Ipratropium Bromide: What Is It For?

Ipratropium bromide is indicated for the treatment of reversible bronchospasm associated with chronic obstructive pulmonary disease (COPD).
Ipratropium bromide: what is it for?

Ipratropium bromide is an active substance that belongs to the group of drugs called inhaled anticholinergic bronchodilators. It works by relaxing the bronchial muscles, facilitating the passage of air and, therefore, breathing.

It is indicated for the treatment of reversible bronchospasm associated with chronic obstructive pulmonary disease (COPD). Used in conjunction with inhaled beta 2 agonist drugs, it is useful in the treatment of chronic and acute asthma.

How does it work?

Hands with inhaler

Ipratropium bromide is a competitive antagonist of the muscarinic acetylcholine receptors. It has a powerful effect on bronchial receptors, both intravenously and by inhalation, but does not cause tachycardia. It also reverses bronchoconstriction induced by inhaled cholinergic agonists.

Ipratropium bromide: recommended doses

The dose must be tailored to individual needs and can be repeated until the patient is stable. The time interval between one administration and another is determined by the doctor.

It is recommended not to exceed the recommended doses, both in acute treatment and in maintenance. Ipratropium bromide can be combined with short-acting beta 2 adrenergic agonists in the same spray chamber. 

The solution must be used immediately after mixing and what is left must be discarded. The administration uses the different nebulizer devices available on the market.

Contraindications and warnings

Ipratropium bromide is contraindicated in case of allergy to the same or other similar substances, such as atropine and its derivatives. It should also not be administered in cases of acute coughing, wheezing and bronchospasm requiring a rapid response.

Caution should be exercised in the use of anticholinergic agents in patients with narrow-angle glaucoma, prostatic hyperplasia or bladder obstruction. In addition, special care should be taken in the case of patients with cystic fibrosis as they are more prone to gastrointestinal motility disorders.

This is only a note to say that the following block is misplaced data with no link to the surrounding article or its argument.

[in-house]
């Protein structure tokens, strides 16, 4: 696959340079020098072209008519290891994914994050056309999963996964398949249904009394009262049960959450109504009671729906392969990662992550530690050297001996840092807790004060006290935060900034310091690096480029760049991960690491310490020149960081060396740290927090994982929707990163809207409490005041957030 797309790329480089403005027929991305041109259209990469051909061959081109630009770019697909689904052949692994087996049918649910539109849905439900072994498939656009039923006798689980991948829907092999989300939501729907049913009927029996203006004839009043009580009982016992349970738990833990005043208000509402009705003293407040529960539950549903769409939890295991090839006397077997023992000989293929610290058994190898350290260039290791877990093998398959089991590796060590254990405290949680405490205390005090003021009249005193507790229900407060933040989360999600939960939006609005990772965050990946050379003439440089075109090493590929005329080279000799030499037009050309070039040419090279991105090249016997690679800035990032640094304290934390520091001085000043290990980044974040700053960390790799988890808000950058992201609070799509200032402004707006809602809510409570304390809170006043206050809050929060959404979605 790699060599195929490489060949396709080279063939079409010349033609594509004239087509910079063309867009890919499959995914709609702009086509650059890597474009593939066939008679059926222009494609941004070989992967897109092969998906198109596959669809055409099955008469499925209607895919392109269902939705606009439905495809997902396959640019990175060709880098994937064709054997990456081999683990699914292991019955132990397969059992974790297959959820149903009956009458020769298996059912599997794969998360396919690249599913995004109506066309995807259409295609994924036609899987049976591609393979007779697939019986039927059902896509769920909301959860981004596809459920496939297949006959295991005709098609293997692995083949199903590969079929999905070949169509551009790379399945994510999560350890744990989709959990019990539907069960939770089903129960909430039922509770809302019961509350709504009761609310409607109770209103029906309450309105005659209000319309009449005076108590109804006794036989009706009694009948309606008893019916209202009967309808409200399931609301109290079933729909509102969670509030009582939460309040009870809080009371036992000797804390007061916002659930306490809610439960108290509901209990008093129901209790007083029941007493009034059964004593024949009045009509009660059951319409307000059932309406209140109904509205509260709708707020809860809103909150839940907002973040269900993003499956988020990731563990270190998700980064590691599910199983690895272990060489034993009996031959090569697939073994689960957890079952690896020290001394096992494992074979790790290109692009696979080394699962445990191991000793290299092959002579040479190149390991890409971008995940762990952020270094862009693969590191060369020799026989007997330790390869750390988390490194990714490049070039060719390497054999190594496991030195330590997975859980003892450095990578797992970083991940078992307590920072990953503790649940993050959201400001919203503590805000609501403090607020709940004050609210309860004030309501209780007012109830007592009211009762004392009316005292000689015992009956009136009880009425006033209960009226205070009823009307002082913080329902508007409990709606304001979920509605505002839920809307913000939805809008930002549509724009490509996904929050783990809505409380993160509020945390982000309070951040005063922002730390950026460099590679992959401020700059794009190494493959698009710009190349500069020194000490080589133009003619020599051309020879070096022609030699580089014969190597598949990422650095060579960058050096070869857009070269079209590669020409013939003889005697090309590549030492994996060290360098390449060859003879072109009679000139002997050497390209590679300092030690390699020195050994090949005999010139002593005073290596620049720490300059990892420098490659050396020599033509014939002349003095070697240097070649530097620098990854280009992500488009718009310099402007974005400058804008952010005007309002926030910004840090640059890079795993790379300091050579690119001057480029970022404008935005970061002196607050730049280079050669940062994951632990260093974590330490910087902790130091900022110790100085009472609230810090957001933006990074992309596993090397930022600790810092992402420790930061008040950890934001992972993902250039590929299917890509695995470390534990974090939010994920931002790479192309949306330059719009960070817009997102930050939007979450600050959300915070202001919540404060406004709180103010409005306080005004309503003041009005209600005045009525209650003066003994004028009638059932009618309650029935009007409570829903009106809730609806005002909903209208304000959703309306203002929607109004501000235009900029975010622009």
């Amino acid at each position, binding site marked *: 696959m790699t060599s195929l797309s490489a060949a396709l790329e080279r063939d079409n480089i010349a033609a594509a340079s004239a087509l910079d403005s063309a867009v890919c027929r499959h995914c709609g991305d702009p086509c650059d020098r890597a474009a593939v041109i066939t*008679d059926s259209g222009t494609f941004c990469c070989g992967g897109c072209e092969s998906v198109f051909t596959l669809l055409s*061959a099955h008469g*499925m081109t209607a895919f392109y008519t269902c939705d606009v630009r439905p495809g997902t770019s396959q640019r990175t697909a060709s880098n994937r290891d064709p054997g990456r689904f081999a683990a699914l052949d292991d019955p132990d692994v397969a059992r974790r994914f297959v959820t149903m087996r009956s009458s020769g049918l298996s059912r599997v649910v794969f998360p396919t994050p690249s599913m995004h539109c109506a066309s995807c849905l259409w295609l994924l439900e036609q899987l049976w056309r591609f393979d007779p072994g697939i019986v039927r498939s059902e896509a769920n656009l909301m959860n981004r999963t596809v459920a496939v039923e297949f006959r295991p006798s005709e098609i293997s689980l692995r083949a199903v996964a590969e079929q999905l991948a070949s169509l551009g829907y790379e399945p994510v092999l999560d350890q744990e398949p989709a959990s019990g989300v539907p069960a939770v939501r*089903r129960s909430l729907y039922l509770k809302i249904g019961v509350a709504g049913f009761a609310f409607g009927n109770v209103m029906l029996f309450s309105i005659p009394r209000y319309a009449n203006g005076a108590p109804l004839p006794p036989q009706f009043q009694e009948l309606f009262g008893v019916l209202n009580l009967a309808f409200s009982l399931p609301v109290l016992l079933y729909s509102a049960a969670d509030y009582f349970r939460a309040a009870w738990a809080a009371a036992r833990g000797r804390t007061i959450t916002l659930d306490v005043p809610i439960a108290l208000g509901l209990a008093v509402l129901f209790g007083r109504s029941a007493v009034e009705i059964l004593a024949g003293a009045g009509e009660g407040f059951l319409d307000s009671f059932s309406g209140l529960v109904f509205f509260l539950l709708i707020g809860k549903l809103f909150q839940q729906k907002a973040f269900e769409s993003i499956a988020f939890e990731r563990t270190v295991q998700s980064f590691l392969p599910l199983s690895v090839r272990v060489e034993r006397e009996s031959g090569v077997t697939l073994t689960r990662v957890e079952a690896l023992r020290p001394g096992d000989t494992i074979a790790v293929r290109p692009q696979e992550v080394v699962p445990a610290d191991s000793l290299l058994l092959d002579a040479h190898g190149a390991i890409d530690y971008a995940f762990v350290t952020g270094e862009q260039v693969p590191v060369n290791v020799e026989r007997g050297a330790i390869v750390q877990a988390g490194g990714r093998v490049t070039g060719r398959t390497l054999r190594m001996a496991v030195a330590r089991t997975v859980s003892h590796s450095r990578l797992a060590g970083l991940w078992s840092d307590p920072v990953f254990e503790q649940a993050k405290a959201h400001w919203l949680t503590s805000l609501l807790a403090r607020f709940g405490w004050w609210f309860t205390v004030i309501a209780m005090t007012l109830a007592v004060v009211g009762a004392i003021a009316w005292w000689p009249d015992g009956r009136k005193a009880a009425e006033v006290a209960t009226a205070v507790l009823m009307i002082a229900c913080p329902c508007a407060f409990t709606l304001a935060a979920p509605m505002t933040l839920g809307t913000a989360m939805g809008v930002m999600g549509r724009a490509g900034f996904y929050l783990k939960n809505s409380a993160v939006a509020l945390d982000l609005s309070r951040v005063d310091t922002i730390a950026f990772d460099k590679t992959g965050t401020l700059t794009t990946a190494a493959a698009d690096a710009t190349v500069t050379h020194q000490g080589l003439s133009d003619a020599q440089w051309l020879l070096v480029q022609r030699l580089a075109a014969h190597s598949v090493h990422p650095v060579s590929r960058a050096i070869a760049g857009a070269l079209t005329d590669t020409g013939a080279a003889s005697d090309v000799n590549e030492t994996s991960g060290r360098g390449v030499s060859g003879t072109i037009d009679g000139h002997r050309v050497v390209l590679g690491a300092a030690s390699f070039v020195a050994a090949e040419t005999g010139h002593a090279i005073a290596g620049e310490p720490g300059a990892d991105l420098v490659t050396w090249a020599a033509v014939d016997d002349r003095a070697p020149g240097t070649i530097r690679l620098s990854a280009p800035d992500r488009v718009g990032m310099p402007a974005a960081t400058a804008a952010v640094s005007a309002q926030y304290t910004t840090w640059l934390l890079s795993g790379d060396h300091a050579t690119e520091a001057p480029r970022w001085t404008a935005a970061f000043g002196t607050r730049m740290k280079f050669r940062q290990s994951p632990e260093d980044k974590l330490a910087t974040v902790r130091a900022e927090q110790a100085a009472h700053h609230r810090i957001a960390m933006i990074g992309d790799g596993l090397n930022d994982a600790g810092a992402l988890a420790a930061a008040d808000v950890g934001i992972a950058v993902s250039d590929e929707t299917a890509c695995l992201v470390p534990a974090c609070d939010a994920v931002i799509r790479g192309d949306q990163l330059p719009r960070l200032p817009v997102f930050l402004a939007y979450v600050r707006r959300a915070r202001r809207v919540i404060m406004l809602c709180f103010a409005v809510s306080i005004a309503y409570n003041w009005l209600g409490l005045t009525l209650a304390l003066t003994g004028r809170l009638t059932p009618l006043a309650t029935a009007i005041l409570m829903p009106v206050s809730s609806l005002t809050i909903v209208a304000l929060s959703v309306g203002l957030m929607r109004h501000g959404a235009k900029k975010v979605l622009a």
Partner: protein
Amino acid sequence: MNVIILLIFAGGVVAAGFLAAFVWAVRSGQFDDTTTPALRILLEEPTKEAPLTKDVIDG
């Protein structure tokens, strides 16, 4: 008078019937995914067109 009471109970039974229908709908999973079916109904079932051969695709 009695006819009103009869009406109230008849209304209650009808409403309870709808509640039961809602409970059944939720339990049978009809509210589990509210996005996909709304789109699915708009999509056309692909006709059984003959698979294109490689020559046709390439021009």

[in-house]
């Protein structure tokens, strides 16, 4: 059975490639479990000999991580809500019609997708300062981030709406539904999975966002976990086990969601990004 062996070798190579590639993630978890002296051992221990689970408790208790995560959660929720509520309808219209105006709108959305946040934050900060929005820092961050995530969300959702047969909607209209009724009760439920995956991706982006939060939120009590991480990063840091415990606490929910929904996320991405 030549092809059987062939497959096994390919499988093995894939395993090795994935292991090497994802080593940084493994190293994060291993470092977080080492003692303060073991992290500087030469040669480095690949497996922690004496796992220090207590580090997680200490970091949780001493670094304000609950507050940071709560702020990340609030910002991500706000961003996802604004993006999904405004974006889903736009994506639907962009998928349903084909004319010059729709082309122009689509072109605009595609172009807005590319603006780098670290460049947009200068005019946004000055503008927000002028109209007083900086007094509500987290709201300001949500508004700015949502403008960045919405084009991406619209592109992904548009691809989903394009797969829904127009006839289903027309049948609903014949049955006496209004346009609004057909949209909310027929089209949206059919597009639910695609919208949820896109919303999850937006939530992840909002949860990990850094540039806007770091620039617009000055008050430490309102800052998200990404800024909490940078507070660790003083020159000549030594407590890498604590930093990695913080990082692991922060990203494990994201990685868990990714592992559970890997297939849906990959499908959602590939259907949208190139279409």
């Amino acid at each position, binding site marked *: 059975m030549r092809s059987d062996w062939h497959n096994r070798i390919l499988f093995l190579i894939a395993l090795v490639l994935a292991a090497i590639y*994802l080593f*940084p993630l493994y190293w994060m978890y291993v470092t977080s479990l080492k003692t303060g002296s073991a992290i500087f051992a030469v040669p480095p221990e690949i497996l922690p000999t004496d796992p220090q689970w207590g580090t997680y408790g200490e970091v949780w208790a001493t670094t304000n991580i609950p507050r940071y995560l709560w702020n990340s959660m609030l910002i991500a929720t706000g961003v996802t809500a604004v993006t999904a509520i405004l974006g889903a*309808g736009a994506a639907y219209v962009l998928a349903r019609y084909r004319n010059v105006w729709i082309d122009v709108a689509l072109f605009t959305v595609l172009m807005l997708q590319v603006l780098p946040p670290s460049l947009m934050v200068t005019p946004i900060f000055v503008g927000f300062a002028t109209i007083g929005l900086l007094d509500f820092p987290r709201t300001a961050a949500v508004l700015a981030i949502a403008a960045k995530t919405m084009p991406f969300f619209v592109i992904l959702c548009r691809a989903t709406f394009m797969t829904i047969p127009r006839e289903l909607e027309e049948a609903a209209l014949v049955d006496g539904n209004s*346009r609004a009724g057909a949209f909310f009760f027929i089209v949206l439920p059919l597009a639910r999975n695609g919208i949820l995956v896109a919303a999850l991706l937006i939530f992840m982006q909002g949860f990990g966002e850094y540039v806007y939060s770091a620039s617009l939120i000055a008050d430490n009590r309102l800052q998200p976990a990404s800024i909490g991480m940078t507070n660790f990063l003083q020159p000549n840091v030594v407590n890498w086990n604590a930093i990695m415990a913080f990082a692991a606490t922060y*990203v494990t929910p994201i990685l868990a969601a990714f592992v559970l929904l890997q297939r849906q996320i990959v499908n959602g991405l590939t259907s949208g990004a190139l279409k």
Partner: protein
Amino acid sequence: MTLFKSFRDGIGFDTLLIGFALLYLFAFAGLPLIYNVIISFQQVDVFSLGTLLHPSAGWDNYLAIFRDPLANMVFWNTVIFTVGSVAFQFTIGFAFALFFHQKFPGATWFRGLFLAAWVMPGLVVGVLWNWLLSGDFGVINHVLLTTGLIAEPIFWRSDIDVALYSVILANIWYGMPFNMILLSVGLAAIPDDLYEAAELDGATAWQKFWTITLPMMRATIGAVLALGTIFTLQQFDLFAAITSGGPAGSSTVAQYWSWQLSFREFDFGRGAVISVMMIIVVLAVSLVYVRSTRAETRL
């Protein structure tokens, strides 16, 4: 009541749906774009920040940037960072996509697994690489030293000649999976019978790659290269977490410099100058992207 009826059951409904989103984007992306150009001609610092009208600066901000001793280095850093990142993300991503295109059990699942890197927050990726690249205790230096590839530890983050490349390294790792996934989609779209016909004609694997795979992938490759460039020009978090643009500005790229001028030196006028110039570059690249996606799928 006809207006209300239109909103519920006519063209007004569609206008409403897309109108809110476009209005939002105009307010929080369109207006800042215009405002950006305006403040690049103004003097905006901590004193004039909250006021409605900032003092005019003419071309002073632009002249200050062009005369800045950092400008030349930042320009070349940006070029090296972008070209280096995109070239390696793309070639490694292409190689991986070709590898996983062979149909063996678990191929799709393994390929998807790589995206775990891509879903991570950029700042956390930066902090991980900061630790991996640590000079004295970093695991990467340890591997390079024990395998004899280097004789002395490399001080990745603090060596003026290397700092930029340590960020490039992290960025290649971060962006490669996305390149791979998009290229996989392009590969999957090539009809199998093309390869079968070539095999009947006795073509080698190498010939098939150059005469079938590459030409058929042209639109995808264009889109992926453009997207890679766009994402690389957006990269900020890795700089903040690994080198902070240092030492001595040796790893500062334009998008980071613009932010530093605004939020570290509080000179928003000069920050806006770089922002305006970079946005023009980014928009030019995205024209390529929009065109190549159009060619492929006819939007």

Exceptionally, hypersensitivity reactions may occur soon after administration. These reactions include manifestations such as urticaria, angioedema, rash, bronchospasm, oropharyngeal edema and anaphylaxis.

If the aerosol is administered incorrectly and gets into the eye, ipratropium bromide can cause eye complications such as:

  • Mydriasis.
  • Increased intraocular pressure.
  • Narrow angle glaucoma.
  • Pain or discomfort in the eyes.
  • Blurred vision.

How do you use the ipratropium bromide inhaler?

If you are prescribed this drug, it is important that you learn how to take it correctly. Contact or spray of the solution into the eyes should be avoided. Each time you use your inhaler, follow these steps:

  • Remove the protective cap.
  • Breathe out deeply.
  • Grasp the inhaler and tightly squeeze the mouthpiece with your lips.
  • Inhale as much as you can and, at the same time, press the base of the bottle so that the solution is atomized.
  • Hold your breath for a few seconds, then release the mouthpiece and exhale slowly. When finished, close the protective cap.

Does it interact with other medications?

Hand with inhaler

Research shows that co-administration of ipratropium bromide with beta-adrenergic and xanthine derivatives may enhance the bronchodilator effect. However, this medicine can be given together with other drugs commonly used in the treatment of chronic obstructive pulmonary disease (COPD).

The risk of acute glaucoma in patients with a history of narrow-angle glaucoma is increased when co-administered with nebulised ipratropium bromide and beta-2-adrenergic agonists.

Ipratropium bromide: adverse reactions

Like all drugs, ipratropium bromide can cause side effects. The most frequent are: 

  • Headache.
  • Nausea.
  • Cough and throat irritation.
  • Vertigo.
  • Dry mouth
  • Disorders of gastrointestinal motility.

Other less frequent side effects such as hypersensitivity, severe allergic reaction, blurred vision, mydriasis, increased internal pressure of the eye, red eyes and eye pain may also occur.

Conclusions

Alone or associated with a beta-adrenergic, ipratropium bromide is used in the treatment of bronchospasm associated with viral bronchiolitis and bronchopulmonary dysplasia in infants and young children.

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